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Meghan McCain became a regular panelist on The View in 2017. Frequently sparring over political issues with fellow panelists Whoopi Goldberg, Sunny Hostin, and especially Joy Behar, McCain does not waiver from her conservative stance regardless of who agrees or disagrees with her.

Though there have been other co-hosts on the show in years past that lean to the right, McCain feels she is the first genuine Republican to serve on the panel.

Meghan McCain of "The View" at the Netflix 'Medal of Honor' screening
Meghan McCain of “The View” | Tasos Katopodis/Getty Images for Netflix

McCain spikes the ratings

When McCain was offered the job at the daytime talk show, she was hesitant at first. “I didn’t want to join,” she told author Ramin Setoodah for his book Ladies Who Punch: The Explosive Inside Story of The View. “I thought it looked like there was so much turnover. It wasn’t the iconic show I watched when I was in college.”

Her dad, the late Senator John McCain, encouraged her to accept the offer since he was a fan and friend of Goldberg. “I originally said no when they asked me, and my dad convinced me to do it,” she revealed.

Finding her footing with her fellow co-hosts took some time for McCain when she started on the long-running show. “The core people have been here a long time,” the View panelist noted. “It feels like you’re joining a new club that doesn’t want new members. That was the hardest part.”

Apparently ABC execs planned well when they brought McCain on the team. According to Setoodah’s book, the 2017-2018 season saw a definite spike in viewership with ratings at its highest in four years with the addition of McCain.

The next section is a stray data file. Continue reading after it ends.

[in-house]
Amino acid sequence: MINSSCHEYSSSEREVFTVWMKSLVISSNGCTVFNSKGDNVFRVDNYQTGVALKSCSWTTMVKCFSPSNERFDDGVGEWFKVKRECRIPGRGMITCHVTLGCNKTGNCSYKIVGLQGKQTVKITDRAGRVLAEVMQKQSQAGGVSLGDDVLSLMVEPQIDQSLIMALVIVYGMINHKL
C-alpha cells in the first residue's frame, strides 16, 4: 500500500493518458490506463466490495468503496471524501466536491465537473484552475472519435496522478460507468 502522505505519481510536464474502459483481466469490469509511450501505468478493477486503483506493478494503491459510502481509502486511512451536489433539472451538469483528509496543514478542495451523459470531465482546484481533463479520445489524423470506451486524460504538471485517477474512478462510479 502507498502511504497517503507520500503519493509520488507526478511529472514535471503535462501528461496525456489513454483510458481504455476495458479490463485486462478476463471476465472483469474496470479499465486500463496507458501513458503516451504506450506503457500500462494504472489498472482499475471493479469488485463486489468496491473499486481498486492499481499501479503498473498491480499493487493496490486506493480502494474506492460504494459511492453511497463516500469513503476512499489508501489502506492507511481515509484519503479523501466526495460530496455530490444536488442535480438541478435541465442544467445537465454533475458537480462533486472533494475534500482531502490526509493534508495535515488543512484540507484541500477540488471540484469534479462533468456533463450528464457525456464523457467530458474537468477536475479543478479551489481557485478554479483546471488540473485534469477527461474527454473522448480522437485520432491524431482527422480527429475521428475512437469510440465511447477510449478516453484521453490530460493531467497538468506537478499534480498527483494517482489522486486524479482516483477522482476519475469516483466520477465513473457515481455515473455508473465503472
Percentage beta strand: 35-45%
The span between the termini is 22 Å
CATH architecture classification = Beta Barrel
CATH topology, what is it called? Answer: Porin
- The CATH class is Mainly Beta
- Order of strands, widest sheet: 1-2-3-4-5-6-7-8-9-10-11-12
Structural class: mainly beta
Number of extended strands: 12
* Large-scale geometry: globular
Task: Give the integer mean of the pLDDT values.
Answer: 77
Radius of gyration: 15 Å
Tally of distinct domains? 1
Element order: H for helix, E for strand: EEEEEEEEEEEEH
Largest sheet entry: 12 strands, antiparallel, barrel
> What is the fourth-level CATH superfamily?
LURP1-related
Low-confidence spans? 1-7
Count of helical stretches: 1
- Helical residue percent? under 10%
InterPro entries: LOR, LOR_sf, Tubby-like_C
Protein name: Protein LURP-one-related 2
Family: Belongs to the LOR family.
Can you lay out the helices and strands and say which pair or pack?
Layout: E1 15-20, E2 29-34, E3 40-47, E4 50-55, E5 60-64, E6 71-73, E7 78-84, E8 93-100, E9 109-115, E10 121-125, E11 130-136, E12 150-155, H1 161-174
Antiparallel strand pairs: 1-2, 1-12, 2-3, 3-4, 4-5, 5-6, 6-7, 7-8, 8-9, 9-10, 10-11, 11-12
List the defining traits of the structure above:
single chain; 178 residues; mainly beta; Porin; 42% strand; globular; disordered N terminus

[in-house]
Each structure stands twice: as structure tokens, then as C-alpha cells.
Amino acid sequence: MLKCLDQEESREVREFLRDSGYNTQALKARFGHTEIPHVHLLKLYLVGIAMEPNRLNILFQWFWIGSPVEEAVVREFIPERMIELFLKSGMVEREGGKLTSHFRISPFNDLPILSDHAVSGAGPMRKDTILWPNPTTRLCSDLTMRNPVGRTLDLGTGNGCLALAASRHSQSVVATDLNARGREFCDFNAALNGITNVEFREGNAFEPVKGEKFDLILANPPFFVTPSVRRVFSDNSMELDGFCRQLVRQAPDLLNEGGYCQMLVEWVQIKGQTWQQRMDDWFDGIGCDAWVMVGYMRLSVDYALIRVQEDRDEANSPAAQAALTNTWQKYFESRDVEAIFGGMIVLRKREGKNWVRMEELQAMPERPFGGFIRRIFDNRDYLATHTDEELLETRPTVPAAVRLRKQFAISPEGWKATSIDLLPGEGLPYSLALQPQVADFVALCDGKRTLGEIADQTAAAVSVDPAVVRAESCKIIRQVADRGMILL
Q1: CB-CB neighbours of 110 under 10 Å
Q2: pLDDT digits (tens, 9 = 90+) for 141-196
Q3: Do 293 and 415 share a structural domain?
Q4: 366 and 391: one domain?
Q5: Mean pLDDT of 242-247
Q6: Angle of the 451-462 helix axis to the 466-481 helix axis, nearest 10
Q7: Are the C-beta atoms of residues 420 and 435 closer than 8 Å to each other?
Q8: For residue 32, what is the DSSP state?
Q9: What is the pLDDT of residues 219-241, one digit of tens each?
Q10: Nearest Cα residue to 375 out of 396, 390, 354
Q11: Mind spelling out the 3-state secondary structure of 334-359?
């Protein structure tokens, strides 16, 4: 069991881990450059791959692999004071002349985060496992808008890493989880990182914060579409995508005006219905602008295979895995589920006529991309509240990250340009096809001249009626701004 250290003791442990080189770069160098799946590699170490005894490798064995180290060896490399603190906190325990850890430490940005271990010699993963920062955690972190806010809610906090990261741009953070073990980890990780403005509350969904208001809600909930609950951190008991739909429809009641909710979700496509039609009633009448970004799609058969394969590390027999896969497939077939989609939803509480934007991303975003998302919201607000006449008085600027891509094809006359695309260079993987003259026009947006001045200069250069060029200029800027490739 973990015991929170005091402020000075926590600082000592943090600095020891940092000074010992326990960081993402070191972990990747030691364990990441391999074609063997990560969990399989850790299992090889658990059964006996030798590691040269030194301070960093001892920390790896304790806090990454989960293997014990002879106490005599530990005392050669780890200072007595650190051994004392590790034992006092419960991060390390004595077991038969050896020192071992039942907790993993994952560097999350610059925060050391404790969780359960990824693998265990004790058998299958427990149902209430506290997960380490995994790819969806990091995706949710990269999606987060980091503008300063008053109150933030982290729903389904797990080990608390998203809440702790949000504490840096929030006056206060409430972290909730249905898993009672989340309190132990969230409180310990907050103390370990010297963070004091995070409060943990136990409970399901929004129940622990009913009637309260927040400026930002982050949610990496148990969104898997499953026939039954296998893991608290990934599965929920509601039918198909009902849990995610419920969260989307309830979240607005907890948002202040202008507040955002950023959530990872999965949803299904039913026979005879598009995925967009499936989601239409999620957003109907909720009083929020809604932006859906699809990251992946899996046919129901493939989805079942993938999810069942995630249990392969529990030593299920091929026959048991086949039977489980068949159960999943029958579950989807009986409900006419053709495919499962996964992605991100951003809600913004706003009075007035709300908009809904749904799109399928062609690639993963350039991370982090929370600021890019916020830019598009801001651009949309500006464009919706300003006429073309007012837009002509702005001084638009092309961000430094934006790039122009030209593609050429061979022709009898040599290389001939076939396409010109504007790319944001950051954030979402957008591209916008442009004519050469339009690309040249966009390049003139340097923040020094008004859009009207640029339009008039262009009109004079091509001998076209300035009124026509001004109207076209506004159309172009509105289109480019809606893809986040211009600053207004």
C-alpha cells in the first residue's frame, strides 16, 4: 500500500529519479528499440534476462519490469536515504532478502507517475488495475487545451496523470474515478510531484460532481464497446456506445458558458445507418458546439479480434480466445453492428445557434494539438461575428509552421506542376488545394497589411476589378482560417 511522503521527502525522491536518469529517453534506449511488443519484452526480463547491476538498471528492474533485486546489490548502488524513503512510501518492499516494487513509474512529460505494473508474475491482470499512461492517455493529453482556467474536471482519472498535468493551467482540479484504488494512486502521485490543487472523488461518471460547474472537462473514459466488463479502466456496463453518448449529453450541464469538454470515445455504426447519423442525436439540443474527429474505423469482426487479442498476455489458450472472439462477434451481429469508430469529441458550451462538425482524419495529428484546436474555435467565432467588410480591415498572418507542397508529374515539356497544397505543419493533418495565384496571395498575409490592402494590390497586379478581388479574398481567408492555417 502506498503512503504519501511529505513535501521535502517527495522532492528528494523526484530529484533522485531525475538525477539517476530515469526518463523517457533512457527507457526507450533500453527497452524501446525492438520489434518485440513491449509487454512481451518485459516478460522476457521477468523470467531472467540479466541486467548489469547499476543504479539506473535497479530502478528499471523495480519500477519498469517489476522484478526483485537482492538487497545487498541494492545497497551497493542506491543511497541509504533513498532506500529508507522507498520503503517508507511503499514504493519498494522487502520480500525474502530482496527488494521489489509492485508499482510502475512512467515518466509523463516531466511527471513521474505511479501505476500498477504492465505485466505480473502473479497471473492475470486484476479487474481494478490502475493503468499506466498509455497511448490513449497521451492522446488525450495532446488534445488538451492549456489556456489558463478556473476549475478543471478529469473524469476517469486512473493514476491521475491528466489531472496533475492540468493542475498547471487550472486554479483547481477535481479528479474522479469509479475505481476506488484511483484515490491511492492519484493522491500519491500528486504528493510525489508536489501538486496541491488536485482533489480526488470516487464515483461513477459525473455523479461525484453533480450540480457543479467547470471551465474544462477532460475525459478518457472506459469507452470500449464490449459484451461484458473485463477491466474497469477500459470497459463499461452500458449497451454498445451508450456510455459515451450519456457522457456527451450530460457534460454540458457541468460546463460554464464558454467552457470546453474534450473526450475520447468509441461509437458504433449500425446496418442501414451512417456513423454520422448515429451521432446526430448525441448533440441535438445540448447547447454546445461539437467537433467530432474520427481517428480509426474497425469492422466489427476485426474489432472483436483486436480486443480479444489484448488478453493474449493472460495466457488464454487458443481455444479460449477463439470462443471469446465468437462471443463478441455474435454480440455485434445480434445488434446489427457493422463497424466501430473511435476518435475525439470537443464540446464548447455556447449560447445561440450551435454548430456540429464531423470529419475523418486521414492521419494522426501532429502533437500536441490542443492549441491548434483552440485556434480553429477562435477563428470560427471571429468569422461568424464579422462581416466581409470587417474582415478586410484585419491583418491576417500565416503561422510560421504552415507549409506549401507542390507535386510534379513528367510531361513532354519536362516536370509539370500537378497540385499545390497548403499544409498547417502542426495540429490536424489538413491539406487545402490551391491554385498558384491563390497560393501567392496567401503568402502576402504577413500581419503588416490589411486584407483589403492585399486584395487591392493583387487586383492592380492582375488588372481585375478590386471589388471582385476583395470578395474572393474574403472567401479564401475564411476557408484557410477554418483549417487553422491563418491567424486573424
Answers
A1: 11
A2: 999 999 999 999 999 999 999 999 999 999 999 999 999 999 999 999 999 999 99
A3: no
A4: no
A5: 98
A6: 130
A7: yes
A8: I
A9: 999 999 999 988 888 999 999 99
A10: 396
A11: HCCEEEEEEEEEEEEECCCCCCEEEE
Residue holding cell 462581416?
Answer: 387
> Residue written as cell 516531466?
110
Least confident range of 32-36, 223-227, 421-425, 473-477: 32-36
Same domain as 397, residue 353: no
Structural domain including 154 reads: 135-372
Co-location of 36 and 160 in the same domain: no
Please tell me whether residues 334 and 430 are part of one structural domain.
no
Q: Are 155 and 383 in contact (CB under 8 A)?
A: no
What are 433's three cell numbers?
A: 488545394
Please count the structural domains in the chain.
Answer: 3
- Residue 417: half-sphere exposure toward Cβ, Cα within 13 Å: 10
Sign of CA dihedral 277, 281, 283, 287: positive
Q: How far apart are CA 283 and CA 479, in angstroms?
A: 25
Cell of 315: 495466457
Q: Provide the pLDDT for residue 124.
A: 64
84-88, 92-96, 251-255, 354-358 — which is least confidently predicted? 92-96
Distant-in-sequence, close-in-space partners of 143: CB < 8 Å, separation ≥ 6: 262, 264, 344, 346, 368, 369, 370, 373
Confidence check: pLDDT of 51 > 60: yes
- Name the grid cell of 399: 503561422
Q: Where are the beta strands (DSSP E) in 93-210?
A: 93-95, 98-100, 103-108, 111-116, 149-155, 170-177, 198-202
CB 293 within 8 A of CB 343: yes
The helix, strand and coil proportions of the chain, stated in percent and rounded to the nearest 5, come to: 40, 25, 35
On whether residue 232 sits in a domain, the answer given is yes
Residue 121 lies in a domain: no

The impact of a political ‘View’

McCain’s willingness to be vocal on her conservative leanings have definitely made an impact on The View, and she has no intention of lightening her tone. Seeing an increase in political awareness, the talk show co-host credits the country’s interest in politics as what is driving the show’s success.

“I think everyone is more interested in politics,” the television personality said. “Young women are different now than when I was younger. Everyone is involved, civically engaged, and informed. I think that’s also why the show is doing well.”

While her bouts with liberal Behar have become legendary and possibly another reason why more people are tuning in, McCain insists that they both enjoy their frequent debates. “I love sparring with her,” she said of Behar. “We’re like boxers; we punch gloves and then we’re out.”

A ‘real Republican’

While the show has had co-hosts in the past that would fall under the ‘conservative’ umbrella, McCain feels that her success on the show is due to her being The View’s first genuine Republican.

“I think the reason I worked and other Republicans didn’t is because I’m the first real Republican they hired,” McCain told Setoodah, adding a reference to a former vocal conservative. “Yes, I think I’m more of a Republican than Elisabeth is.”

Setoodah commented in his book that McCain was in no way dissing former co-host Elisabeth Hasselbeck, of whom McCain is a professed fan. The political pundit was just clarifying her firm stance as someone who grew up in the political space.

“I was born in this environment. I don’t want to be a Democrat,” she said. “I think there were a lot of people they hired that are in the mushy middle, or they are Republicans who are ashamed of being Republicans – or they are intimidated.”

Commenting on previous panelists, McCain felt that some have been less definitive on their views. “Nicole Wallace switched parties,” she said. “Candace Cameron was a social conservative.”

With a pivotal presidential election around the corner, McCain is clearly in her wheelhouse speaking on the subject and is sure to be a fixture at The View for quite some time.